You should probably have a tax professional help you with that (generally advisable when doing corporation returns, even if its a small S corp with a single shareholder).
Some of it may be deductible, depending on the tax-exemption status of the recipients. Some may be deductible as business expenses.
To address Chris's comment:
Generally you can deduct as a business on your 1120S anything that is necessary and ordinary for your business. Charitable deductions flow through to your personal 1040, so Colin's reference to pub 526 is the right place to look at (if it was a C-corp, it might be different).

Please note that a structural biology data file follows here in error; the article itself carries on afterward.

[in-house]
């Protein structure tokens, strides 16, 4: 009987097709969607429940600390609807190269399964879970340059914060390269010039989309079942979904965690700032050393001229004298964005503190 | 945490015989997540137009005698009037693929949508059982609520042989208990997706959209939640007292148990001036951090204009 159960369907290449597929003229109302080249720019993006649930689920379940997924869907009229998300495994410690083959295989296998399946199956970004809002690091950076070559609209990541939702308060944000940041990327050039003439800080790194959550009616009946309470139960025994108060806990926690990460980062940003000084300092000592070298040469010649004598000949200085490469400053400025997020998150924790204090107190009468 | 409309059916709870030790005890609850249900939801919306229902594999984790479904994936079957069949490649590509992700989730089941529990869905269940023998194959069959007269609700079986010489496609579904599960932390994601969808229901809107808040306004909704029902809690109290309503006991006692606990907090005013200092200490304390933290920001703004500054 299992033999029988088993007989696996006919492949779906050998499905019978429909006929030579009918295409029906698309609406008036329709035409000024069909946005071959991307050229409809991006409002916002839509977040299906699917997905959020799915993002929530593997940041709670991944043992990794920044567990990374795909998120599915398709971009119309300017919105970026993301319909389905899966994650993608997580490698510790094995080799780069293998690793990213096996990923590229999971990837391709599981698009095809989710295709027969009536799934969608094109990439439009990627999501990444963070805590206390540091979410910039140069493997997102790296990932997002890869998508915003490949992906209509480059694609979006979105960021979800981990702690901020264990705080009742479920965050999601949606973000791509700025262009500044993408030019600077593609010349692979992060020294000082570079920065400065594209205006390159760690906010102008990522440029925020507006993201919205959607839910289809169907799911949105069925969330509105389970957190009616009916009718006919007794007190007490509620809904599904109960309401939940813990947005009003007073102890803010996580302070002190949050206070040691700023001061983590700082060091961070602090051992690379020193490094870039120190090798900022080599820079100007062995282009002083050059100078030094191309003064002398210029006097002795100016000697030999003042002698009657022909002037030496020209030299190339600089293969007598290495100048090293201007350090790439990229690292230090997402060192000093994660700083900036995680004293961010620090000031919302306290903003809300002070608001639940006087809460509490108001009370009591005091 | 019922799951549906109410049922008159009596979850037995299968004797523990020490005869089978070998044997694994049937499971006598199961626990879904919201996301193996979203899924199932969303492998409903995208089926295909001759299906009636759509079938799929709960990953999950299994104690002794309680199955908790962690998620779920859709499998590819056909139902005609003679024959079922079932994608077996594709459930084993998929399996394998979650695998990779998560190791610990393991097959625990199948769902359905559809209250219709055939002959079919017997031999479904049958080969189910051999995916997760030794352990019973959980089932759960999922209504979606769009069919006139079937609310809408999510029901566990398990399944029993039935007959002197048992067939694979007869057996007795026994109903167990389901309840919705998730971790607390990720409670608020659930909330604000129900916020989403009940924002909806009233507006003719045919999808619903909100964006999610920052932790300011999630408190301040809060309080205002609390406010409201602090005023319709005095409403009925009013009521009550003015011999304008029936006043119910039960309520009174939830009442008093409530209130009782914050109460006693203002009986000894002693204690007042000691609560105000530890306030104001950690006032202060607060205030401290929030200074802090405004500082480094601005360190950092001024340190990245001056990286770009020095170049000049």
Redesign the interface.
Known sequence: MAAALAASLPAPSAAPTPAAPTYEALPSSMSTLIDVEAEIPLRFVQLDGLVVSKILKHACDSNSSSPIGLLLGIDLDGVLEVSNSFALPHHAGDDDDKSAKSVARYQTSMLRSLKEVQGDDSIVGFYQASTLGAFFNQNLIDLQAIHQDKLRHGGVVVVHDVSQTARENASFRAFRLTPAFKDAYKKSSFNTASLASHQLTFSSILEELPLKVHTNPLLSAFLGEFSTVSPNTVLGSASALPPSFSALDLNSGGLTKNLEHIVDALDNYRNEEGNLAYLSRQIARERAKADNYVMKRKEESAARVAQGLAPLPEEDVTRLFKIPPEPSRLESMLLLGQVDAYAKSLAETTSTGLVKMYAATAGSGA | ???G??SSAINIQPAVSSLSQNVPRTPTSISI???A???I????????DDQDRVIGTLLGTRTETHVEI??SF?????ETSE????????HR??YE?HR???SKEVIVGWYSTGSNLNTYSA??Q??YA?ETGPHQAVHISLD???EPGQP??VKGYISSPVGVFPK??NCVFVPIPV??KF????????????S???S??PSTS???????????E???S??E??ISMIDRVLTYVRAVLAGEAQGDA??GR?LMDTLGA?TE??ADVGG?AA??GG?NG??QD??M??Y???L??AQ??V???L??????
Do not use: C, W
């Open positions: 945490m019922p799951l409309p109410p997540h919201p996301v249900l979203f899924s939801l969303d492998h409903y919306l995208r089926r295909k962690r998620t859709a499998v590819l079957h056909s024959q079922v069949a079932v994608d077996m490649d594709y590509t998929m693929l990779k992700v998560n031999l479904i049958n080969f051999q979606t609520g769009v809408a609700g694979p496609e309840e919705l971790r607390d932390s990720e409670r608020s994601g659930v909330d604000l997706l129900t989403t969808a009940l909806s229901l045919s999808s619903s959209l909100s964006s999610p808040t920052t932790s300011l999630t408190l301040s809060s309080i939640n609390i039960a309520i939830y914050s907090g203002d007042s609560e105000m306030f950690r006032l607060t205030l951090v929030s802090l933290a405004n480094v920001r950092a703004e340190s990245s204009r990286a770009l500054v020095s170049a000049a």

Advertisement costs is a necessary and ordinary expense for any business, but you need to look at the essence of the transaction. Did you expect the sponsorship to provide you any new clients? Did you anticipate additional exposure to the potential customers? Was the investment (80 hours of your work) similar to the costs of paid advertisement for the same audience? If so - it is probably a business expense. While you can't deduct the time on its own, you can deduct the salary you paid yourself for working on this, materials, attributed depreciation, etc. If you can't justify it as advertisement, then its a donation, and then you cannot deduct it (because you did receive something in return). It might not be allowed as a business expense, and you might be required to consider it as "personal use", i.e.: salary.